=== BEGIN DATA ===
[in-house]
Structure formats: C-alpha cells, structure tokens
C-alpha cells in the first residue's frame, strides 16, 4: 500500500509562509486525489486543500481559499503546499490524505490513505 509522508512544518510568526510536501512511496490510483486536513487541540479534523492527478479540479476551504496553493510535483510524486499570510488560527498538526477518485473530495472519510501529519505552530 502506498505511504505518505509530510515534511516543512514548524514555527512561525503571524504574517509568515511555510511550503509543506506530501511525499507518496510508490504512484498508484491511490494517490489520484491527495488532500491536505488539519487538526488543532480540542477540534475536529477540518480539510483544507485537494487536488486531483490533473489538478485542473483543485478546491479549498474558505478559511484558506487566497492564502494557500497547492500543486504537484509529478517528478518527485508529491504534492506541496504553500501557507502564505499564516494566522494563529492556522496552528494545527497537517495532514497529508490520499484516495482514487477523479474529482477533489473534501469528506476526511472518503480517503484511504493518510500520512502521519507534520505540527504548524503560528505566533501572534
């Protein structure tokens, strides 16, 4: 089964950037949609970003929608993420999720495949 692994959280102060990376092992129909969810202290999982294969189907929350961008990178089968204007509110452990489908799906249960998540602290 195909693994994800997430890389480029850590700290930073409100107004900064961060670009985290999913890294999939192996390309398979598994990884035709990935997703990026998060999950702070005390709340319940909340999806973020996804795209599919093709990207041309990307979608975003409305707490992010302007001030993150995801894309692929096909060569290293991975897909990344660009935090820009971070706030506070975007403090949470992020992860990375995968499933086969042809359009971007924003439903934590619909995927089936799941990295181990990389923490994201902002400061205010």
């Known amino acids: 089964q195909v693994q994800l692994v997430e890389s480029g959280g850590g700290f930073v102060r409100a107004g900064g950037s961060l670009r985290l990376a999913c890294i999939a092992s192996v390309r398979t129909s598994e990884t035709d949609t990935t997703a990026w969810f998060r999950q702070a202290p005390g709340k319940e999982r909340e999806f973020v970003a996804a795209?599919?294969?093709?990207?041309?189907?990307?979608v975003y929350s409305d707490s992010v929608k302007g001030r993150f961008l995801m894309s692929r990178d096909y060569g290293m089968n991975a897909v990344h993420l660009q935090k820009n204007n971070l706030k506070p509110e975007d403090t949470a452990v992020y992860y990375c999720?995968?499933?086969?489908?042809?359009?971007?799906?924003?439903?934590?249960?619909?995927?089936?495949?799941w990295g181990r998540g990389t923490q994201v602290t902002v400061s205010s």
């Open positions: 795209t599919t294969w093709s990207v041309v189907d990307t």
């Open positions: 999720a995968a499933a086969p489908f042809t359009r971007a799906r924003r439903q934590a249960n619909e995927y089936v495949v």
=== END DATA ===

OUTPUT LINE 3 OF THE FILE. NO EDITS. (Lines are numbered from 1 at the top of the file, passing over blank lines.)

C-alpha cells in the first residue's frame, strides 16, 4: 500500500509562509486525489486543500481559499503546499490524505490513505 509522508512544518510568526510536501512511496490510483486536513487541540479534523492527478479540479476551504496553493510535483510524486499570510488560527498538526477518485473530495472519510501529519505552530 502506498505511504505518505509530510515534511516543512514548524514555527512561525503571524504574517509568515511555510511550503509543506506530501511525499507518496510508490504512484498508484491511490494517490489520484491527495488532500491536505488539519487538526488543532480540542477540534475536529477540518480539510483544507485537494487536488486531483490533473489538478485542473483543485478546491479549498474558505478559511484558506487566497492564502494557500497547492500543486504537484509529478517528478518527485508529491504534492506541496504553500501557507502564505499564516494566522494563529492556522496552528494545527497537517495532514497529508490520499484516495482514487477523479474529482477533489473534501469528506476526511472518503480517503484511504493518510500520512502521519507534520505540527504548524503560528505566533501572534